THIS is Mary Ellen Chase’s finest novel. It is also the most uneven because the novelist has set herself the ambitious task of dealing with several groups of people through a long period of time. We see the passing of three generations of the Marston family. The scope in time — as in Bennett’s Old Wives’ Tale — is in itself impressive emotionally, and would give the effect of tragedy were not the human qualities of the story so simple and so courageous.
The characterization is, for the most part, skillful. We have the story of Philip Marston and his arrogant and shallow wife; of John, his son, and his excellent wife Eileen; and finally of the two grandsons and the granddaughter, who bring the family chronicle down to the present time. Interwoven with these are other individual histories — of Jan and Anton, Czech immigrants who were befriended by old Philip Marston. Jan is with the family all through the novel, and his destiny is entwined with theirs. Then there are the witty and devout Mother Superior Radegund and her tragic niece, Adrienne; a group of natives of the State of Maine, most of them free from the besetting eccentricities of the ‘type’; and the snobbish old grandmother of the family. Most important, this devious yet believable modern saga of love and death is centred around the Maine homestead, ‘Windswept,’ on the wild coast, which is the focus — one might almost say the hero — of the novel.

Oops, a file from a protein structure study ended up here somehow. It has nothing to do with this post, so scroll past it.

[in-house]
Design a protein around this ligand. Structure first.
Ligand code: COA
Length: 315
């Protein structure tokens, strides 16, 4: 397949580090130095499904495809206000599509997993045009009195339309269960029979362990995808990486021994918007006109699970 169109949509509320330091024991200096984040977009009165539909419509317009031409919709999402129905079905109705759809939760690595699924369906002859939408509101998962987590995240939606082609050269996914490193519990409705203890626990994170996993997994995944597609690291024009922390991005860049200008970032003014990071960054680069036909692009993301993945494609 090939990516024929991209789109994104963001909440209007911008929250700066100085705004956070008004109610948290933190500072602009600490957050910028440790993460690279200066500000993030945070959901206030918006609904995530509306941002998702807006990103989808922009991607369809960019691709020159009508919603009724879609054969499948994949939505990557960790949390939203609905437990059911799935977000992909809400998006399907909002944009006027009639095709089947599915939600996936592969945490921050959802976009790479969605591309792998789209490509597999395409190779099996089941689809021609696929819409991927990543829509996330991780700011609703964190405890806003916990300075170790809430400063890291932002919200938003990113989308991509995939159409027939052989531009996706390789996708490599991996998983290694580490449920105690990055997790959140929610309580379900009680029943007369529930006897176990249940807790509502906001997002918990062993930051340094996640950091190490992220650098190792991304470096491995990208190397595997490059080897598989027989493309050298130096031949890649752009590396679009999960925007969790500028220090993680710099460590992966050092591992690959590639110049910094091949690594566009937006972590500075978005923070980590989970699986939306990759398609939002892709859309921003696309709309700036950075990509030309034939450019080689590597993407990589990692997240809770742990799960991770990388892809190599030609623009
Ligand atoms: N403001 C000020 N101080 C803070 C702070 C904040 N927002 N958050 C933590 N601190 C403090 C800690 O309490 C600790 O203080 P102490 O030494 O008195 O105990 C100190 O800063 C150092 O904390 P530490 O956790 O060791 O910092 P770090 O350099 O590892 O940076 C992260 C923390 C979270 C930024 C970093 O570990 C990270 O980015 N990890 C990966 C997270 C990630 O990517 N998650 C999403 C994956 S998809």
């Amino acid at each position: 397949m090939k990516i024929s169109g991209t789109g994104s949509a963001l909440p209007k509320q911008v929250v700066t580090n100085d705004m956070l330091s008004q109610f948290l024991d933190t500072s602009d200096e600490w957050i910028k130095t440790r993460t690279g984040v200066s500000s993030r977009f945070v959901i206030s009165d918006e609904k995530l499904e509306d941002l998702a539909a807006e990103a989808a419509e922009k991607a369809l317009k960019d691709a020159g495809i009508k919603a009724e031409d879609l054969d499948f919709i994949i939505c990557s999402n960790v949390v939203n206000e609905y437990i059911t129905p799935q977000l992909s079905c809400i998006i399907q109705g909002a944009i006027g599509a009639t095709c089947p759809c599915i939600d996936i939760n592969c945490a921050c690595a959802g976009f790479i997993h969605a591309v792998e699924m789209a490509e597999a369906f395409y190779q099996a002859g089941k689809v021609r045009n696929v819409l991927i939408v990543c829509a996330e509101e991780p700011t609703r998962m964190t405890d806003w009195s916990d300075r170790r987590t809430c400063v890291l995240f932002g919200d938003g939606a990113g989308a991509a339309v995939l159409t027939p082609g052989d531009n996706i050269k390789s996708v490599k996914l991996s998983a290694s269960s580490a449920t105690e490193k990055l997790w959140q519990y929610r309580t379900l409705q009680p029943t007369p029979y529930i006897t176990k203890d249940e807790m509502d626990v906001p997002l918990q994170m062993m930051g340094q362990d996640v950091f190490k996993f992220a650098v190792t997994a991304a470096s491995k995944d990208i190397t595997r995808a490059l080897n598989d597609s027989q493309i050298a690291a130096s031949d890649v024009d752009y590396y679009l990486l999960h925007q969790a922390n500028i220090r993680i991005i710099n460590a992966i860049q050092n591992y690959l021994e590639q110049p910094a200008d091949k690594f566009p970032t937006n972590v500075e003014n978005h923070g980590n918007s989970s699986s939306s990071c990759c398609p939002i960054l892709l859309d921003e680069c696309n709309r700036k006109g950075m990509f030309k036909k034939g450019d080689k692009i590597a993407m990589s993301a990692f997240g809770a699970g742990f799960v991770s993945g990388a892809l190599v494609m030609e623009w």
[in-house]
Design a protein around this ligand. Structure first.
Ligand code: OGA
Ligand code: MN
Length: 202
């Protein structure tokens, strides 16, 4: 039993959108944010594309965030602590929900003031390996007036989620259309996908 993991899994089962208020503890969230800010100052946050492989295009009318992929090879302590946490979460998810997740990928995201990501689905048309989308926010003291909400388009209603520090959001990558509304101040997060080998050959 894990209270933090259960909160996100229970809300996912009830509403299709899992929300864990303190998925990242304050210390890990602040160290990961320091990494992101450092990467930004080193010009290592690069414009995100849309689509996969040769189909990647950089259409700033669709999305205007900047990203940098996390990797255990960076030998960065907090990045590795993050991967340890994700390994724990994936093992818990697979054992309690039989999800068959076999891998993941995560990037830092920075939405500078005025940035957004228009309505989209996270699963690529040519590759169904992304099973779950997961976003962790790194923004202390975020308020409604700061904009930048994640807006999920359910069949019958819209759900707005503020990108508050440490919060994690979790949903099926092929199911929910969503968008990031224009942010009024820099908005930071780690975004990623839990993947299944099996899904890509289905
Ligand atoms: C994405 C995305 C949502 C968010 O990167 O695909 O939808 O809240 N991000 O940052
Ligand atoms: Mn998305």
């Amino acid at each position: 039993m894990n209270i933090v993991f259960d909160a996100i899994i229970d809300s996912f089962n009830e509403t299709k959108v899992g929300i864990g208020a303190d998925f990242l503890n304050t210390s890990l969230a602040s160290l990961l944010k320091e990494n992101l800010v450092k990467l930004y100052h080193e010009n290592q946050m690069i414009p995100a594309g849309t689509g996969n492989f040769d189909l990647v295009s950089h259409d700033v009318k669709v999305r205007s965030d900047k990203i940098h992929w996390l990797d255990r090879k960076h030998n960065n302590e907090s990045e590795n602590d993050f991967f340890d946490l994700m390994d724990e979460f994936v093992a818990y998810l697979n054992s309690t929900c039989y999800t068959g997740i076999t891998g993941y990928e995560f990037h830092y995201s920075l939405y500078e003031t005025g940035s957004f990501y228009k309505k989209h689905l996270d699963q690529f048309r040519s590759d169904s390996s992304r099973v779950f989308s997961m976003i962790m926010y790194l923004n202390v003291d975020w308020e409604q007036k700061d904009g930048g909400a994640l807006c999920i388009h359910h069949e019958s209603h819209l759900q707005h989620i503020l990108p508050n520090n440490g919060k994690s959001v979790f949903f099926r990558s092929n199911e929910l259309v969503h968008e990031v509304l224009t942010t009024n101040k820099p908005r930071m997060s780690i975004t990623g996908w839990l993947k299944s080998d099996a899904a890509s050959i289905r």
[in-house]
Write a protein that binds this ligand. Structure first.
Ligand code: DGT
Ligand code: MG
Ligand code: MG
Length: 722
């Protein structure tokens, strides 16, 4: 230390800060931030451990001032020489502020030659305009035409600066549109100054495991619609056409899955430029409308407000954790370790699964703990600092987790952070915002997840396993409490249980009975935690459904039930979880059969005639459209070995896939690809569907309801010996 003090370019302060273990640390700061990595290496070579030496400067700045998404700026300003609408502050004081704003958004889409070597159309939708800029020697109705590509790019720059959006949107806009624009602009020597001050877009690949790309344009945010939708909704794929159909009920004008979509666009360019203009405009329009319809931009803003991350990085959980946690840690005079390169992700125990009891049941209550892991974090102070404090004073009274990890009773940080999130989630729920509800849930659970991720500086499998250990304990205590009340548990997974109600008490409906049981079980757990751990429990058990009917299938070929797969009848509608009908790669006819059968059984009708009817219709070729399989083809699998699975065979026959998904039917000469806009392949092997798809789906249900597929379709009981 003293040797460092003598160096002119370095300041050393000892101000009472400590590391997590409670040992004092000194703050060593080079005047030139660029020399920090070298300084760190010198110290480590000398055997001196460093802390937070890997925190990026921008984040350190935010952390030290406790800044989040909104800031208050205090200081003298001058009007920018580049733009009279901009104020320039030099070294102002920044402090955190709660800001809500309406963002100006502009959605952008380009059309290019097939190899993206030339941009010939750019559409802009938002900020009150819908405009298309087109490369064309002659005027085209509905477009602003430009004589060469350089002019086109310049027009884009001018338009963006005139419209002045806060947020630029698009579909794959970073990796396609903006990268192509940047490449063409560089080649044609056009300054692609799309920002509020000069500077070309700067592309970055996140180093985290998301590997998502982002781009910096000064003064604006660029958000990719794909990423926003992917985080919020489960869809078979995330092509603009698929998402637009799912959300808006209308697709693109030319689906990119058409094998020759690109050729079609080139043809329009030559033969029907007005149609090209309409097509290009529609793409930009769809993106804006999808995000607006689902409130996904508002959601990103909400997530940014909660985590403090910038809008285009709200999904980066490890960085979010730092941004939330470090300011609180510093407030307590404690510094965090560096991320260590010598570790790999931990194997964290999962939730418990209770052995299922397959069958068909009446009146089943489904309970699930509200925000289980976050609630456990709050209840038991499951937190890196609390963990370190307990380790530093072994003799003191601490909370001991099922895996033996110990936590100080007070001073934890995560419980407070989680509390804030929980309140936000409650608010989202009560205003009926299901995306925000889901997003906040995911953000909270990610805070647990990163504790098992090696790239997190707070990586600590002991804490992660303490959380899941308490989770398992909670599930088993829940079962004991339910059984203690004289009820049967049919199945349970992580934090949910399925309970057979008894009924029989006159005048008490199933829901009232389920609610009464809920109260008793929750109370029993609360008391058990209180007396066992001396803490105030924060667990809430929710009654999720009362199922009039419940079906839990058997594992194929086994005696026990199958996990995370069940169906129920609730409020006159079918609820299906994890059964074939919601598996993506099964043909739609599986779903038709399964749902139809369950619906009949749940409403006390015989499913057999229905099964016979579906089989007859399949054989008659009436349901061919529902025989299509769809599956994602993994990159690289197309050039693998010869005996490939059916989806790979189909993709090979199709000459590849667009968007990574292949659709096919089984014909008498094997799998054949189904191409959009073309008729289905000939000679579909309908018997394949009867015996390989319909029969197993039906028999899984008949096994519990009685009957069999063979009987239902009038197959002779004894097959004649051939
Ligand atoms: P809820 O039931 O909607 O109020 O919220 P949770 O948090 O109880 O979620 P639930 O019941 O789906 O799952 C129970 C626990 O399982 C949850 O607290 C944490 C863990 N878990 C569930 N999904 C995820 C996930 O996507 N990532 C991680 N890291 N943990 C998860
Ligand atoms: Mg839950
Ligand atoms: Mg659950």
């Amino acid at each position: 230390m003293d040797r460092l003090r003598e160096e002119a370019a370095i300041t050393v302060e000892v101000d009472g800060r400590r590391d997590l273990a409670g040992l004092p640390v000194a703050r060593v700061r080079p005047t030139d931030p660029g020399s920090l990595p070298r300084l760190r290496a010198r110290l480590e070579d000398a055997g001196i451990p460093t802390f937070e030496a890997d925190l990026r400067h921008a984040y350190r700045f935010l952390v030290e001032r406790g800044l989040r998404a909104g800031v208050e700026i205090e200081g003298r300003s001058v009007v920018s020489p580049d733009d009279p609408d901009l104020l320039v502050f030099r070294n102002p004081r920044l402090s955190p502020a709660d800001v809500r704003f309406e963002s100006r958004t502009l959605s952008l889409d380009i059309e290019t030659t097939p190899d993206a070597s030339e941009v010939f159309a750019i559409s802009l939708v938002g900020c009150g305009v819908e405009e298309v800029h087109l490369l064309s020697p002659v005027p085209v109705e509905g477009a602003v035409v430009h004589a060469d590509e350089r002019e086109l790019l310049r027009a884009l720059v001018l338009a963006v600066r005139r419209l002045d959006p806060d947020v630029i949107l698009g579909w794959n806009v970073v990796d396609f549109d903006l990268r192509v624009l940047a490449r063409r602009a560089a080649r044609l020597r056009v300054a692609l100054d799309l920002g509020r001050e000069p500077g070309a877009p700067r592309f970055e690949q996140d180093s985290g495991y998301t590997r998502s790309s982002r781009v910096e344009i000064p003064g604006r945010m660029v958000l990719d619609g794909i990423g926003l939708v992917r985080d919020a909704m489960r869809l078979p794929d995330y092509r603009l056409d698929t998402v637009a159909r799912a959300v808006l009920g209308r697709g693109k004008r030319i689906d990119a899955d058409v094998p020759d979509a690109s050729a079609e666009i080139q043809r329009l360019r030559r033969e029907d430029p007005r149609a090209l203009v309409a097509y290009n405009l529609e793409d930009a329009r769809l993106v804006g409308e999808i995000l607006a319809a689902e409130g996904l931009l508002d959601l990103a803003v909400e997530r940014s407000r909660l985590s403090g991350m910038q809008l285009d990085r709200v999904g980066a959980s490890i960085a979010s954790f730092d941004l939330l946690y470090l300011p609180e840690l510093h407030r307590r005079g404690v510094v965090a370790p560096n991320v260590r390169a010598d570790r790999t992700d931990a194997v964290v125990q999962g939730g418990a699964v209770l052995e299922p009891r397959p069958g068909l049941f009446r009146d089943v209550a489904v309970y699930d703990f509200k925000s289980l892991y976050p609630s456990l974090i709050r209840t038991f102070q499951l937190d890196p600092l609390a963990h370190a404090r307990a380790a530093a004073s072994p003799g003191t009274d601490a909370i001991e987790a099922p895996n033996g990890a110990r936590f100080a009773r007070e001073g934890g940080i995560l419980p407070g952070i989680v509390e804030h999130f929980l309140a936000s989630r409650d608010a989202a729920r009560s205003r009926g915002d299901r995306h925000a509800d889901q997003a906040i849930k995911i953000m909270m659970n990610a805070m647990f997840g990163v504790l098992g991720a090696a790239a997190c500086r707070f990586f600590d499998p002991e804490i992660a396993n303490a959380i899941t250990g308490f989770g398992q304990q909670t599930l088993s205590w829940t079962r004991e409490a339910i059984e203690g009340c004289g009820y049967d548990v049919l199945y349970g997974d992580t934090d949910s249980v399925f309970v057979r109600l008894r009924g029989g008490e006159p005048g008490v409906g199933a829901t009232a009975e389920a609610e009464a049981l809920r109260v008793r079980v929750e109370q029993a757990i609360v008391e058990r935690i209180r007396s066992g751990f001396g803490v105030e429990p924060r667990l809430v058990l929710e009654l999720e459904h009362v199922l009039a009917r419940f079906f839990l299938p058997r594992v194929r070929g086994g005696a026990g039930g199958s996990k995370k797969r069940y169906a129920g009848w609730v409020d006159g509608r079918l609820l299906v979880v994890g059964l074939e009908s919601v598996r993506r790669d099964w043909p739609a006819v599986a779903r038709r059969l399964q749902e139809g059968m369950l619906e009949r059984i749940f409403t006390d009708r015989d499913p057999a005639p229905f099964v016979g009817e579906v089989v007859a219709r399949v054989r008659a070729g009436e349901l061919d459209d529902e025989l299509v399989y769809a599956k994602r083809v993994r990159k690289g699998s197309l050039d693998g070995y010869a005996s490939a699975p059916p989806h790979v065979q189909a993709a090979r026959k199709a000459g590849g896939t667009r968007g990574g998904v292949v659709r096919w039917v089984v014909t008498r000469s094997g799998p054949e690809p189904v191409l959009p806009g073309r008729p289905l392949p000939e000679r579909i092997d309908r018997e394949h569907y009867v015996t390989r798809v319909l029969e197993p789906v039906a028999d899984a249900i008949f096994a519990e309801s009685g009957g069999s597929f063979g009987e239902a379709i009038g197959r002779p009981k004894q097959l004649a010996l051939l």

Of deaths there are many and of love there is much. There are chances of sentimentality which sometimes scrape a bit but in general are withheld. Miss Chase has felt the sea as the messenger of time, and the smallest details she works with are set in perspective against the flowing or ebbing tides. Occasionally one is annoyed with a pedantic touch, as when John Marston thinks that the Greek language can hold ‘within itself a suggestion to which English never could attain.’ Swinburne, one of the greatest of Greek scholars, put an end to that airy superstition years ago. It is ungrateful of Miss Chase to revive it, since, in her fine prose, English has served her so well. Perhaps it is equally ungrateful on the part of the reviewer to cavil with this good American novel.
R. S. H.